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As anyone who reads news or social media on the web may have noticed, Ray Bradbury has passed away at the age of 91. Bradbury was a truly great writer, and a great visionary, though I tended not to enjoy his work as much as other writers—too much of it had downer themes and endings. But then a lot of SF always has.

Bradbury was probably best remembered among the literary set for his novel Fahrenheit 451, which has long been regarded as a cautionary tale against censorship though Bradbury himself said (much later in life than when he wrote it) it was intended as a protest against TV and other newer media stealing people away from books and ideas. It’s not too surprising Bradbury hated e-books, declining a 2007 request by Yahoo to post one of his books as an e-book, though he finally had to give in and permit electronic editions of his works last November in order to get new contracts.

On PaidContent, Mathew Ingram writes thoughtfully about what Bradbury “would have thought” of today’s digital world. (What do you mean, Matthew? I think he made his feelings on it pretty clear—up until today, he was living in it along with the rest of us.) He ponders whether we are living in the kind of world Bradbury feared when he wrote Fahrenheit 451.

Whereas we do have many mind-numbing distractions available (including video games, the urge to play more of which I am manfully fighting as I write these posts), distracting us from reading and writing like never before, we do have some countervailing positive influences of which Bradbury could never have dreamed. We can express ourselves to others in more ways than ever before, both in the trivial such as Facebook and Twitter, and in the more in-depth, such as blogging or even self-publishing.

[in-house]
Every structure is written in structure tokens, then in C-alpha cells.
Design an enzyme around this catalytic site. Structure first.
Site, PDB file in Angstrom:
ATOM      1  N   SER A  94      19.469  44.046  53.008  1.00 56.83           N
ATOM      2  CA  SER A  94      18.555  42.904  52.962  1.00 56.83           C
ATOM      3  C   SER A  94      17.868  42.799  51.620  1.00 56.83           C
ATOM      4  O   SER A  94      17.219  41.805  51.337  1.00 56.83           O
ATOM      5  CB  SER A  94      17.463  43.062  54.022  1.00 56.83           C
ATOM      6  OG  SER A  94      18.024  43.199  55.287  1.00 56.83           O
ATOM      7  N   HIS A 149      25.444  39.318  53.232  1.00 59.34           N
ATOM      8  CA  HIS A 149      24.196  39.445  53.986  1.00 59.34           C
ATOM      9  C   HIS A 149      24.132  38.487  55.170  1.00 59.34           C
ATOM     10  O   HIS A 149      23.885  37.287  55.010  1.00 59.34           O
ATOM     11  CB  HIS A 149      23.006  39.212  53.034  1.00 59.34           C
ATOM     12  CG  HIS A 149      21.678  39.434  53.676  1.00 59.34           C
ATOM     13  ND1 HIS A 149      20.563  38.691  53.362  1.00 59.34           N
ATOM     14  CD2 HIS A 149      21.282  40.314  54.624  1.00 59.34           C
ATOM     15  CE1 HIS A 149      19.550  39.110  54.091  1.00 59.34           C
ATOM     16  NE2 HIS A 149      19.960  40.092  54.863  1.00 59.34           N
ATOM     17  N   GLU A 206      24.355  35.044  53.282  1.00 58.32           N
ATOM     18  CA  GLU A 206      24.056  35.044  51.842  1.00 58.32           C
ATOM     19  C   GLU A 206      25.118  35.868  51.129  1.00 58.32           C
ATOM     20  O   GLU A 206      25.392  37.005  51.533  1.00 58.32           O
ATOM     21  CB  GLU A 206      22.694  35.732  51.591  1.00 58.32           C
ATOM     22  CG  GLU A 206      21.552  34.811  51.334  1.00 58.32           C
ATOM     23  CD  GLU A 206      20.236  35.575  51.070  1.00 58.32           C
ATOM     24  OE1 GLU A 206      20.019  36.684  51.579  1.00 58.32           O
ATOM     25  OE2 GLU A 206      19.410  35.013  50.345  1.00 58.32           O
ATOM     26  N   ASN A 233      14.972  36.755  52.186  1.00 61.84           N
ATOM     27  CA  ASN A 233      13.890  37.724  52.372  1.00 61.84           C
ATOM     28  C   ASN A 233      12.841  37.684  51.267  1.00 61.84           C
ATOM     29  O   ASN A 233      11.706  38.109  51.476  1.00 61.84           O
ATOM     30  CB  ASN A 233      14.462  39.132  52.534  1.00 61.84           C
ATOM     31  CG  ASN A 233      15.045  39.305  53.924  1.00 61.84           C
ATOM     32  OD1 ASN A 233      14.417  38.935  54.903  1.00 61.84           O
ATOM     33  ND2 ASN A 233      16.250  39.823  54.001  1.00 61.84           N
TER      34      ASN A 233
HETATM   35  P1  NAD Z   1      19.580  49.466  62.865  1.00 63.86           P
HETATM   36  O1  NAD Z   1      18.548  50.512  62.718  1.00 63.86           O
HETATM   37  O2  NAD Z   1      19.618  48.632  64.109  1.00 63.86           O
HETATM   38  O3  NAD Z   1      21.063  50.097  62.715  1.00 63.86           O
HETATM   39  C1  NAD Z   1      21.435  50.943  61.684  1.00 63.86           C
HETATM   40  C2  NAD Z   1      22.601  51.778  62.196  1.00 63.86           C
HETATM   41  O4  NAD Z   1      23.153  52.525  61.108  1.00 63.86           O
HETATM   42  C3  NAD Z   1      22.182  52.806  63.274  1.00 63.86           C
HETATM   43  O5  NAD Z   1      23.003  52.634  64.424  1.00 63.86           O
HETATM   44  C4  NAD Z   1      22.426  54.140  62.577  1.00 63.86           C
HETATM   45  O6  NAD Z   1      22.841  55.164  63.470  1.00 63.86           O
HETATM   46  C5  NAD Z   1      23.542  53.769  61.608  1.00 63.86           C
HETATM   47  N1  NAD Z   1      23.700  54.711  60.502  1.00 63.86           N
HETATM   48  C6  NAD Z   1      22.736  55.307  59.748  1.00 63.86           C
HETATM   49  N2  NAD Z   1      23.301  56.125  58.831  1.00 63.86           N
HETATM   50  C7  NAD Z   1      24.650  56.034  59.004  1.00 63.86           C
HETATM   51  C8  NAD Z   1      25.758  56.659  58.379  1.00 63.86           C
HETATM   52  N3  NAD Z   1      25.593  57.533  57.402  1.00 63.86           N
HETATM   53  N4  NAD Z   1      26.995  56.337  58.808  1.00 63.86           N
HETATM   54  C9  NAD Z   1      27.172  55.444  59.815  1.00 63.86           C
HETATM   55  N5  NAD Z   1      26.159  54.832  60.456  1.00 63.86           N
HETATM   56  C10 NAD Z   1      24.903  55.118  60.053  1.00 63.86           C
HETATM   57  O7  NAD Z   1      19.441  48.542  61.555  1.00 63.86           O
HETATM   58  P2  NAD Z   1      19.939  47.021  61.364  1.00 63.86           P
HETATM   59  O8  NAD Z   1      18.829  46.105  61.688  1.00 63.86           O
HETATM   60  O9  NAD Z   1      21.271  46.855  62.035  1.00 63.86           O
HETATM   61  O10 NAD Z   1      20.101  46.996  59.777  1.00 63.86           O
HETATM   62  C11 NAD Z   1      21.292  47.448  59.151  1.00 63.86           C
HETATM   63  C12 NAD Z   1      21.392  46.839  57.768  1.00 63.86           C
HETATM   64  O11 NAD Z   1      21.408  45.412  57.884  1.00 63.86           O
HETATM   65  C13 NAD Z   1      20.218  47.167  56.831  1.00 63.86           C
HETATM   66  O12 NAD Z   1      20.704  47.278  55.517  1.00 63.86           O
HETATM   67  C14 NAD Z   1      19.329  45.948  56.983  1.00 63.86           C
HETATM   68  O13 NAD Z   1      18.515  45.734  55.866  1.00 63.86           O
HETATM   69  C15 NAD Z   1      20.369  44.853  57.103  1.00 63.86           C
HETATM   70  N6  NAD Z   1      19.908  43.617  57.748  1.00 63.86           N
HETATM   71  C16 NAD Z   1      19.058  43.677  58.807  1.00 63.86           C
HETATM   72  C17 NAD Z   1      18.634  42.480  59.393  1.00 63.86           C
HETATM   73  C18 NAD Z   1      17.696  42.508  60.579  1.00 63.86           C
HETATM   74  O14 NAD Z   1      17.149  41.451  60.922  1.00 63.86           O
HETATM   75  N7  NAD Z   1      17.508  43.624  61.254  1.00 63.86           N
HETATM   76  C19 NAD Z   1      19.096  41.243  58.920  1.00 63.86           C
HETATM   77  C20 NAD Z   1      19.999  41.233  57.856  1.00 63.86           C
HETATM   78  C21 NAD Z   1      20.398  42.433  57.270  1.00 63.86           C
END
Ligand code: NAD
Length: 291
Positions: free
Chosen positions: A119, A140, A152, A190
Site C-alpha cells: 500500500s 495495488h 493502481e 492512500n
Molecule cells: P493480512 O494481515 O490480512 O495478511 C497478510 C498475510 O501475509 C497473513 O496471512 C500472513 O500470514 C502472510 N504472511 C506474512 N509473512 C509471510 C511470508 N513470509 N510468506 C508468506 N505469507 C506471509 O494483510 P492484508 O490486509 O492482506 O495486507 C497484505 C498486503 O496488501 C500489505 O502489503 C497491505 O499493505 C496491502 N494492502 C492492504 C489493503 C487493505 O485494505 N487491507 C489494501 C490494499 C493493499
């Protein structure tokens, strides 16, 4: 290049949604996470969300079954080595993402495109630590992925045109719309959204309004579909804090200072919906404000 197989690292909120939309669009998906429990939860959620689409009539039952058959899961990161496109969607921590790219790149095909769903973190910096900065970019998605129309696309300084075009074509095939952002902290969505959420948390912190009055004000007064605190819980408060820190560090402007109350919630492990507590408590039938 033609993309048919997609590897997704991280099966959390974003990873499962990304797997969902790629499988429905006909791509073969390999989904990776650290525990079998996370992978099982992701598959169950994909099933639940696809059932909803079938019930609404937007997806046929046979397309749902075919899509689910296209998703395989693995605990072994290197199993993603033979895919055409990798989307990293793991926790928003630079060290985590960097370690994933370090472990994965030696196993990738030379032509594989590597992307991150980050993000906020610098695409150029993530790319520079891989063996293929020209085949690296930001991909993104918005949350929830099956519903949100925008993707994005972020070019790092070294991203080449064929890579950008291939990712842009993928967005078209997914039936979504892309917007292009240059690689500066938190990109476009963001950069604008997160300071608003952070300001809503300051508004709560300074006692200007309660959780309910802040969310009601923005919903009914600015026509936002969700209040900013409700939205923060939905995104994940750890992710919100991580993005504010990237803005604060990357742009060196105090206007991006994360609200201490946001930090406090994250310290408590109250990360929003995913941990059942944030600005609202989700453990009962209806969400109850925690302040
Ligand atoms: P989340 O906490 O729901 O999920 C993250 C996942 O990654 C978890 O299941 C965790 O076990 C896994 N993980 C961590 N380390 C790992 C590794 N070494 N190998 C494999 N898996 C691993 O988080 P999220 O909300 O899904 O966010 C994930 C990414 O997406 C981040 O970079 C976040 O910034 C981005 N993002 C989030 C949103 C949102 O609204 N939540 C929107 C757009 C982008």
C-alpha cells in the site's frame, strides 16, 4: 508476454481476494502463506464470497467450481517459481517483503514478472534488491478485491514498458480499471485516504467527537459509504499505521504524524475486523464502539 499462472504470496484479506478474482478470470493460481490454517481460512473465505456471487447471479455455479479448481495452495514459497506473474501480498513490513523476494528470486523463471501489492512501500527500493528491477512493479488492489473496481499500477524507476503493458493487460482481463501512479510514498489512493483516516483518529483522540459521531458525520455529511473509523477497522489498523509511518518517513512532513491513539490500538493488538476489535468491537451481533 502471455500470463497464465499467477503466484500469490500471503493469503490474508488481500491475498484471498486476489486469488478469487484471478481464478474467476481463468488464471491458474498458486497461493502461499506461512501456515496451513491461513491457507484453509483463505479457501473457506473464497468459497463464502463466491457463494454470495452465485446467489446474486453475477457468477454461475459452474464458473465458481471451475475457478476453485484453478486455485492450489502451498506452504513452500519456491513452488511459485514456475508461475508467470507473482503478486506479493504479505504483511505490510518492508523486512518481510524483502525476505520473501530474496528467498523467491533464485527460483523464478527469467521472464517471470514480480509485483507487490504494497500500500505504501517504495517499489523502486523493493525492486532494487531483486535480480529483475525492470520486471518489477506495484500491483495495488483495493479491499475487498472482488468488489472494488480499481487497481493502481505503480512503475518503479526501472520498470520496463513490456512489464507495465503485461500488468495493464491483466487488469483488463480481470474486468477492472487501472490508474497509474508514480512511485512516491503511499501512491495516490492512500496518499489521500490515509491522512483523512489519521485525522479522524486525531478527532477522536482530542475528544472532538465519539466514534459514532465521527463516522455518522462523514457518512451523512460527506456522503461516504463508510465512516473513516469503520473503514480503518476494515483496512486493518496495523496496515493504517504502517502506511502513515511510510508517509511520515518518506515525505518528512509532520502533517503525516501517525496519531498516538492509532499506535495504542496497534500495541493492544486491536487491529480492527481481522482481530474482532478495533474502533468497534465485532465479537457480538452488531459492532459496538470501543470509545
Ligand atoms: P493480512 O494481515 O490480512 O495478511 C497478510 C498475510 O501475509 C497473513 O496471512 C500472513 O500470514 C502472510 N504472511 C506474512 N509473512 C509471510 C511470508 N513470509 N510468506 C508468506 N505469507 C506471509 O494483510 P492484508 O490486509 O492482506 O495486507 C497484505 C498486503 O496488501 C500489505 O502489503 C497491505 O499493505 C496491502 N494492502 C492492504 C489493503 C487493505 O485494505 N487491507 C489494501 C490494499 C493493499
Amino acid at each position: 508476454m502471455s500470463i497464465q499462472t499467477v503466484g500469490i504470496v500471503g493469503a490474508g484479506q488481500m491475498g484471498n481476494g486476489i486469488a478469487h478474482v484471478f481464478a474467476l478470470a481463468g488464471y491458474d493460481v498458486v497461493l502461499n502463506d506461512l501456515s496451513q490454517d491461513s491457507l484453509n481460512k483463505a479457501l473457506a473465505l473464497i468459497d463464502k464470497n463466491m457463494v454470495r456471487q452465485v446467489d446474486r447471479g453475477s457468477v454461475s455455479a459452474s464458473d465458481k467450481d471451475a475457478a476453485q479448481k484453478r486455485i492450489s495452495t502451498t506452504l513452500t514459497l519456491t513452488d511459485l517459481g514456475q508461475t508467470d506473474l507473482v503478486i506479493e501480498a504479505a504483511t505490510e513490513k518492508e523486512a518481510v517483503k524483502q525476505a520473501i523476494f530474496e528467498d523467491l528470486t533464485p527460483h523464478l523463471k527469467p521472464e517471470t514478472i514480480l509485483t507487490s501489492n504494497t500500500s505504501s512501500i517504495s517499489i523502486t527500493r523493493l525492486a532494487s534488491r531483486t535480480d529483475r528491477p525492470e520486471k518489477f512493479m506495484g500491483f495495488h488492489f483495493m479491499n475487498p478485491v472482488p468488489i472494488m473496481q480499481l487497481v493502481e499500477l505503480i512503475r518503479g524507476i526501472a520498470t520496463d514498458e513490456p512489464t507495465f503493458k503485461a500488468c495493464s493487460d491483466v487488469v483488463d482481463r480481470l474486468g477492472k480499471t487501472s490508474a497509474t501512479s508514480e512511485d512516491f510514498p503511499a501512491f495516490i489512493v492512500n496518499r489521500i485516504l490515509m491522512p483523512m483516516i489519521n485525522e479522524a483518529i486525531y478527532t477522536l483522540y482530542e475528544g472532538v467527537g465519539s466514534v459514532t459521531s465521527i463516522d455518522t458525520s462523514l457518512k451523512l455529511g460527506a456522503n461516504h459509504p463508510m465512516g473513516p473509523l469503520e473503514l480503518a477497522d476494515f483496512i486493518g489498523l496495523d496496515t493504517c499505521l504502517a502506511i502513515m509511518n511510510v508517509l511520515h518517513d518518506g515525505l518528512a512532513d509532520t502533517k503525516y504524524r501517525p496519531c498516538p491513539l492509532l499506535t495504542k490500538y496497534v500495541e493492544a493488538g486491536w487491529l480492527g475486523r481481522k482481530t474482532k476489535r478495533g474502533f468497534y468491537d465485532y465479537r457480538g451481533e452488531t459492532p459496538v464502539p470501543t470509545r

I even video game regularly with people from Germany, Russia, or Australia, chatting with them on voice and savoring their foreign accents. Ten or twenty years ago, I’d never have had any way to meet them, and talking with them would have cost dollars per minute. And on a more serious level, consider the Arab Spring. Rather than merely serving as tools for tyranny, many of the new technologies are serving as tools for fighting it.

It’s a bit ironic that one of science fiction’s best-known writers couldn’t appreciate the rise of science-fictional gadgetry. I hope when I get that old that I’m still able to look at modern technology and media with a more open mind than Bradbury seemed to have in the last few years. As to whether or not I actually will…well, at least I can hope. That being said, it’s still undeniable that Bradbury’s writing helped shape our current ways of thinking and living. He will be missed.

 
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